The essays that comprise this volume clearly demonstrate that coalitions have dramatically altered the shape of war. Paul Kennedy's overview of coalitions over the past century shows that, with coalitions firmly established as viable in the minds of strategists, wars have become markedly lengthier, bloodier, and much more expensive. Three of the essays focus on explicitly military aspects of the two world wars: Norman Stone's on the Austro-German Alliance, 1914-18; Ulrich Trumpener's on the German-Ottoman Coalition, 1914-18; and Ian Nish's on the Greater East Asian Co-prosperity Sphere. J. L. Granatstein pursues a contrasting, though equally enlightening, course, focussing on Hume Wrong, the "functional principle," and the difficulties inherent in Canada's role in the diplomacy of the post-World War II era. In keeping with the immediacy of Granatstein's concerns is John Erickson's lucid presentation of Soviet military philosophy, a matter of crucial and immediate concern.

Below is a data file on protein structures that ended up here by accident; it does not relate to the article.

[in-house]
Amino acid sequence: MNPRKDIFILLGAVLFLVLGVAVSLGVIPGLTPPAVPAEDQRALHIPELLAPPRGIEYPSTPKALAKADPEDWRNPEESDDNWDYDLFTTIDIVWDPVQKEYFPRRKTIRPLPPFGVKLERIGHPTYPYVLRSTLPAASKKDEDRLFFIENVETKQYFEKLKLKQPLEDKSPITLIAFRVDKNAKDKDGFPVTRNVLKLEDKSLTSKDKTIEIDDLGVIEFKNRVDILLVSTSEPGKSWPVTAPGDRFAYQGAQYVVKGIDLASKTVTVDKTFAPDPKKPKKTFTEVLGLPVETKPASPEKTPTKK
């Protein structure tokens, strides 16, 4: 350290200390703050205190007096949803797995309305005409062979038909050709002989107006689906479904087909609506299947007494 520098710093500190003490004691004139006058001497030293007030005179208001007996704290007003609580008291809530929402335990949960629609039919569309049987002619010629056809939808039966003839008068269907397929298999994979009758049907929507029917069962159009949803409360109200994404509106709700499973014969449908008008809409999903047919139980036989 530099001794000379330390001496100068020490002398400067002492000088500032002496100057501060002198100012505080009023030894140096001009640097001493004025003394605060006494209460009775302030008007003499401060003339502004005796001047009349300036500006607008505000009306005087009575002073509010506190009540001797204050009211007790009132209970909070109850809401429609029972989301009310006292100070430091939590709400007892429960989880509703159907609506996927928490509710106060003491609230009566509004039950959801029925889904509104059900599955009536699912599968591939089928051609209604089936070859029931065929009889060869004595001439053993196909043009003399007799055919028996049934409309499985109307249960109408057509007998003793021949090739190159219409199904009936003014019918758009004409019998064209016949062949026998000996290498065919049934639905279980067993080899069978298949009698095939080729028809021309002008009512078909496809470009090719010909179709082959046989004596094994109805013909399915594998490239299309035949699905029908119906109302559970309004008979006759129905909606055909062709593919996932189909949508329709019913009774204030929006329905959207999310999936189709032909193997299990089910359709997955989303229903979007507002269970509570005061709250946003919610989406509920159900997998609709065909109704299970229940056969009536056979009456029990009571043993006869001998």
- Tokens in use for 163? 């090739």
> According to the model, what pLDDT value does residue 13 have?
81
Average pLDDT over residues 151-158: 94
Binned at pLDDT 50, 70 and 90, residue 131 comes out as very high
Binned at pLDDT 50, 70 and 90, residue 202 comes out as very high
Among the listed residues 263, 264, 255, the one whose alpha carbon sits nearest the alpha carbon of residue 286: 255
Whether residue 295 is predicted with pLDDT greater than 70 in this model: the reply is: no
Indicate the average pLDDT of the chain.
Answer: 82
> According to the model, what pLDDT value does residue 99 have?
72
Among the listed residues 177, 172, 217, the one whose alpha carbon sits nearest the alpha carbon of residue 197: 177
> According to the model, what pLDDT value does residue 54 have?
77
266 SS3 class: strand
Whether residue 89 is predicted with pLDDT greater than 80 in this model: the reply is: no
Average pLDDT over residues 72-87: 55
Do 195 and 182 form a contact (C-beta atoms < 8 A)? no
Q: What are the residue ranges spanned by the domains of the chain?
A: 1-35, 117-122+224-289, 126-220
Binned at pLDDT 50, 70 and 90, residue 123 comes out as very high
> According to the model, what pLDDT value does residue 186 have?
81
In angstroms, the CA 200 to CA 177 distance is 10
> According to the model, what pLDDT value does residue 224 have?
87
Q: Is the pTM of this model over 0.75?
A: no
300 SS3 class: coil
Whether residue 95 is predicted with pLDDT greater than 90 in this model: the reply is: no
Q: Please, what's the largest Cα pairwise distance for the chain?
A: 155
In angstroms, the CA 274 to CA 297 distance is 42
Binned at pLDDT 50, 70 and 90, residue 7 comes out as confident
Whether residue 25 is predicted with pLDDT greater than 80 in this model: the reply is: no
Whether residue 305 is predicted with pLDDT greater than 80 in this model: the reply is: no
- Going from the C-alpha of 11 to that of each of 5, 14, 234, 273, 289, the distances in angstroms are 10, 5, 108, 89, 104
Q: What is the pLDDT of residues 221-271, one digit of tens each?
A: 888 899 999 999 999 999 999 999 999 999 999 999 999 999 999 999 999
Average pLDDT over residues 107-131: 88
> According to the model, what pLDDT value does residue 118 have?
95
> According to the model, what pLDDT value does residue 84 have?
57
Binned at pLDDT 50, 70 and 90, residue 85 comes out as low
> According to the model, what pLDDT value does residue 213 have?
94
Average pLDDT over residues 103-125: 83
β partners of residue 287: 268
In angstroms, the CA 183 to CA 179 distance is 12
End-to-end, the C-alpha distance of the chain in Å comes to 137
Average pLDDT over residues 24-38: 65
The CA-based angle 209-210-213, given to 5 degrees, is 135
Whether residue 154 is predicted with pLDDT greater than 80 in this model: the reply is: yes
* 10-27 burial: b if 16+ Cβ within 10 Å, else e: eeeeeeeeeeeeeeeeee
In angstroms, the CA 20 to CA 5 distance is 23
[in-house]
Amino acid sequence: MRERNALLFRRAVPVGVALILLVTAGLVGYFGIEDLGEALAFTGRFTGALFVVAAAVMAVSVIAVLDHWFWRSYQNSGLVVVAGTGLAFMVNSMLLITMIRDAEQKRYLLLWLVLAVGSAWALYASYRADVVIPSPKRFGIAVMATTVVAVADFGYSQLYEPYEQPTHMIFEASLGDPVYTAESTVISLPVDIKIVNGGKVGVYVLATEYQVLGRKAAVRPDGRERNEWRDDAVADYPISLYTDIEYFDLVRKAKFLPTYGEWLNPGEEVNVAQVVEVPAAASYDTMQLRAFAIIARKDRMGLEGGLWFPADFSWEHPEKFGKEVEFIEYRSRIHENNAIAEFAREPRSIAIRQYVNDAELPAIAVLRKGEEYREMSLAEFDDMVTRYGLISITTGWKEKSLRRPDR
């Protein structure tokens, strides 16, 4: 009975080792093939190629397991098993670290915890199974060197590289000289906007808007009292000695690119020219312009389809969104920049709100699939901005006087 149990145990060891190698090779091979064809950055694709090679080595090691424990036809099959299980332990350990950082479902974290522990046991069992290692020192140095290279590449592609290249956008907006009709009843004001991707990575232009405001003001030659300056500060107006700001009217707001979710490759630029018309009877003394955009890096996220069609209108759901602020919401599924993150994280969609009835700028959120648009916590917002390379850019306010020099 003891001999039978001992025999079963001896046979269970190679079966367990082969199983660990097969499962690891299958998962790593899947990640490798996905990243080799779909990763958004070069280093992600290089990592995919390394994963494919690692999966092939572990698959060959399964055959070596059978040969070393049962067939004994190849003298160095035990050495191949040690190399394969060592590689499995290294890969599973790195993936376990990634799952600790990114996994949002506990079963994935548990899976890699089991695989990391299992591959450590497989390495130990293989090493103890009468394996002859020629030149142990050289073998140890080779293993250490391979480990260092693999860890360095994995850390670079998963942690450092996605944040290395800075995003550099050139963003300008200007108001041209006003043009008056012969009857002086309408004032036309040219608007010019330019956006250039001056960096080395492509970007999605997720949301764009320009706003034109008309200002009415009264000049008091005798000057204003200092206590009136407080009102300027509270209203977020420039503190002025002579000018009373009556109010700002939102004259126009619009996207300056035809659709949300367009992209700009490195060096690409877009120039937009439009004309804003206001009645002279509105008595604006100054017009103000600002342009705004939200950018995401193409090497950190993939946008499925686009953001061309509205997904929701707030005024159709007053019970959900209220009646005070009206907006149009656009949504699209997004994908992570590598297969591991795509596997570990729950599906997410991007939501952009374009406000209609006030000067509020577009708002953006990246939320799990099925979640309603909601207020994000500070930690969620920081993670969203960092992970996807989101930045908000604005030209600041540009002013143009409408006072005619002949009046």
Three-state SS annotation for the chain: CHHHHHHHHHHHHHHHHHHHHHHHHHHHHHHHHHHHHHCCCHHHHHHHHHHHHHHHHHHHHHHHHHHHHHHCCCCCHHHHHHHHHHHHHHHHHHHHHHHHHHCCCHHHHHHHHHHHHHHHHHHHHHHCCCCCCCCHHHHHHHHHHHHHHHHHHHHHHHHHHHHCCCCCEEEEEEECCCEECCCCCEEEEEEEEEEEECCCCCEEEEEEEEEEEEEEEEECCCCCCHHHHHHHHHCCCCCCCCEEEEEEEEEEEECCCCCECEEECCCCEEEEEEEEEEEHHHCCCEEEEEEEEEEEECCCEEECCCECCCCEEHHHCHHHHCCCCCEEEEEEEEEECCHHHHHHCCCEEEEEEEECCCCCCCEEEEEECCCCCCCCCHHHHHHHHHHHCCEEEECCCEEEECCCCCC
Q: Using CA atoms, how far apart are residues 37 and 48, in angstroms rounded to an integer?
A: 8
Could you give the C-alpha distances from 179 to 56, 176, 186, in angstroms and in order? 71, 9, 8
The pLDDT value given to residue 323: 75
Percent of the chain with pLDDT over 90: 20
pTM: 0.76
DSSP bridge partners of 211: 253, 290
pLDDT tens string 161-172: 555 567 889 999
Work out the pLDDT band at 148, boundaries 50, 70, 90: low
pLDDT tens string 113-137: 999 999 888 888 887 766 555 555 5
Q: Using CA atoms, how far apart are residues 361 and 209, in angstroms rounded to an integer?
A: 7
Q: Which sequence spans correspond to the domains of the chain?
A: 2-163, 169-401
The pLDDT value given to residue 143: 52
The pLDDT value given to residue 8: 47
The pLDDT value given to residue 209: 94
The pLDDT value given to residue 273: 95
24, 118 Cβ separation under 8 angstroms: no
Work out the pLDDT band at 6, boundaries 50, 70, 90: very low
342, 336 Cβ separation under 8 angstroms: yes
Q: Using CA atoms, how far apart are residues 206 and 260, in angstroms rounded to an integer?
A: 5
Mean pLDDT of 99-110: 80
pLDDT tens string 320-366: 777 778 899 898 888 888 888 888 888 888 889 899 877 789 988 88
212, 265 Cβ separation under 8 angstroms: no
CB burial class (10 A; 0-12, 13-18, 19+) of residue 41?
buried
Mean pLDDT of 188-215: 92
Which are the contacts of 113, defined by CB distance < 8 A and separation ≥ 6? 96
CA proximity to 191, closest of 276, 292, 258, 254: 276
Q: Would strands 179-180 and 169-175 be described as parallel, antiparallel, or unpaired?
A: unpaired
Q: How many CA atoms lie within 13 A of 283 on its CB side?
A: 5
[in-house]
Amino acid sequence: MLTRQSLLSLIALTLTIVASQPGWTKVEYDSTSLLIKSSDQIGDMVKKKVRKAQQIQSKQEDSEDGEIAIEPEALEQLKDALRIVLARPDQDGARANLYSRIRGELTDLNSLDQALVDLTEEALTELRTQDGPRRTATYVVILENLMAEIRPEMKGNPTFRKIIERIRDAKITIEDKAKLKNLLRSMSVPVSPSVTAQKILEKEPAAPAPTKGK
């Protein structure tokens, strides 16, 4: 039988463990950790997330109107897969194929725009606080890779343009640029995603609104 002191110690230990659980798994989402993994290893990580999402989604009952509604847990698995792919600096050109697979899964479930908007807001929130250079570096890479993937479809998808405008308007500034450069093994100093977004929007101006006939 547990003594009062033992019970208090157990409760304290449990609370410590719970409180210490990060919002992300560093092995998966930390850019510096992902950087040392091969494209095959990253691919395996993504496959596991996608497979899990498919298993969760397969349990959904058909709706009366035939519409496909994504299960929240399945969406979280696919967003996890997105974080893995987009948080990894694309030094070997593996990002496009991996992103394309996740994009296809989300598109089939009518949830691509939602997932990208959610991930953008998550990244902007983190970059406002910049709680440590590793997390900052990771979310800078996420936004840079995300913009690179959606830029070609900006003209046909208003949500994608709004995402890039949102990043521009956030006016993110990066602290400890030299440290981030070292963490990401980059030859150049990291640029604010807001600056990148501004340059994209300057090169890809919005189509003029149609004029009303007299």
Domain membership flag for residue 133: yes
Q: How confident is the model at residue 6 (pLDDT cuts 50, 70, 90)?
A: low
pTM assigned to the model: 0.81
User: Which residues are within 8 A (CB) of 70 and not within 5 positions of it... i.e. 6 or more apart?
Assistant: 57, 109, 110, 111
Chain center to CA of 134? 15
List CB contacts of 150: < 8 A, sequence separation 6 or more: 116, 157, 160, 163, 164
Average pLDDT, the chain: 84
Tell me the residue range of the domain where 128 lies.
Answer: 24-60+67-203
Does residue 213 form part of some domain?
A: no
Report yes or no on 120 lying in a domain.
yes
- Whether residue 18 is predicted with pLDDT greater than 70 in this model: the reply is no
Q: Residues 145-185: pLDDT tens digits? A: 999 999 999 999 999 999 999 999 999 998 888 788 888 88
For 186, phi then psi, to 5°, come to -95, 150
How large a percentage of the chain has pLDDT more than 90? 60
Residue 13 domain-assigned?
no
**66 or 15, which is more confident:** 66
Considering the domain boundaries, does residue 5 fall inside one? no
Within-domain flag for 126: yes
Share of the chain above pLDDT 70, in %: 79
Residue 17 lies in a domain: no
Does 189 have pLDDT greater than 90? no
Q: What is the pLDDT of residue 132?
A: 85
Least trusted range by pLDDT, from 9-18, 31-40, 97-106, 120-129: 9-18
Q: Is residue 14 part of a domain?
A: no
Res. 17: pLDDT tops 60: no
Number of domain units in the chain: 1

This book will be of interest to military historians,
political scientists, and the more general reader intrigued
by military history and philosophy.
These essays, edited and compiled by Keith Neilson and Roy Prete, who teach in the Department of History at the Royal Military College, Kingston, were presented at the Eighth Royal Military College Military History Symposium.
Wilfrid Laurier University Press
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